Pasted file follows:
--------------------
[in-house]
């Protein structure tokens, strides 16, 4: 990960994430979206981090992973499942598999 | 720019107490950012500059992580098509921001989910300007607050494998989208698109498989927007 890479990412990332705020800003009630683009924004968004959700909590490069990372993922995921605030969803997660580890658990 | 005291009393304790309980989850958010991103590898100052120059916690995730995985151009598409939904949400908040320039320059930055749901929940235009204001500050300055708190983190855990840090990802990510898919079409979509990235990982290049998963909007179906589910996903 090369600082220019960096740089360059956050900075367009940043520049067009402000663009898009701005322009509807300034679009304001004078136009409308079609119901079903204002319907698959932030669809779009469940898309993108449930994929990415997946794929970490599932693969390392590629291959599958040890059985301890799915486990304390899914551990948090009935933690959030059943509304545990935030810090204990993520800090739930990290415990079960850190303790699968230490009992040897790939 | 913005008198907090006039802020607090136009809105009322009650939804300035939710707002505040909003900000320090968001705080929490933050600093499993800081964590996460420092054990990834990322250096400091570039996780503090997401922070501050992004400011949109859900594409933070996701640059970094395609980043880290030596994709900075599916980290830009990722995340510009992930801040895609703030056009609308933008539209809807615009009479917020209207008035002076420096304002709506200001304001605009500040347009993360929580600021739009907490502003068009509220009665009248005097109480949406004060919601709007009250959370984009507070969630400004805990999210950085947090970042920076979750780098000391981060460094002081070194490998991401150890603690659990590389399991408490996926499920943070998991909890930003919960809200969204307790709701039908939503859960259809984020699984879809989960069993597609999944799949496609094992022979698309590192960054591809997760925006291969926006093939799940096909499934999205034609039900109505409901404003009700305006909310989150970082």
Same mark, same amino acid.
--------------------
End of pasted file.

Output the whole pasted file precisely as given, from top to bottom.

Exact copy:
[in-house]
């Protein structure tokens, strides 16, 4: 990960994430979206981090992973499942598999 | 720019107490950012500059992580098509921001989910300007607050494998989208698109498989927007 890479990412990332705020800003009630683009924004968004959700909590490069990372993922995921605030969803997660580890658990 | 005291009393304790309980989850958010991103590898100052120059916690995730995985151009598409939904949400908040320039320059930055749901929940235009204001500050300055708190983190855990840090990802990510898919079409979509990235990982290049998963909007179906589910996903 090369600082220019960096740089360059956050900075367009940043520049067009402000663009898009701005322009509807300034679009304001004078136009409308079609119901079903204002319907698959932030669809779009469940898309993108449930994929990415997946794929970490599932693969390392590629291959599958040890059985301890799915486990304390899914551990948090009935933690959030059943509304545990935030810090204990993520800090739930990290415990079960850190303790699968230490009992040897790939 | 913005008198907090006039802020607090136009809105009322009650939804300035939710707002505040909003900000320090968001705080929490933050600093499993800081964590996460420092054990990834990322250096400091570039996780503090997401922070501050992004400011949109859900594409933070996701640059970094395609980043880290030596994709900075599916980290830009990722995340510009992930801040895609703030056009609308933008539209809807615009009479917020209207008035002076420096304002709506200001304001605009500040347009993360929580600021739009907490502003068009509220009665009248005097109480949406004060919601709007009250959370984009507070969630400004805990999210950085947090970042920076979750780098000391981060460094002081070194490998991401150890603690659990590389399991408490996926499920943070998991909890930003919960809200969204307790709701039908939503859960259809984020699984879809989960069993597609999944799949496609094992022979698309590192960054591809997760925006291969926006093939799940096909499934999205034609039900109505409901404003009700305006909310989150970082």
Same mark, same amino acid.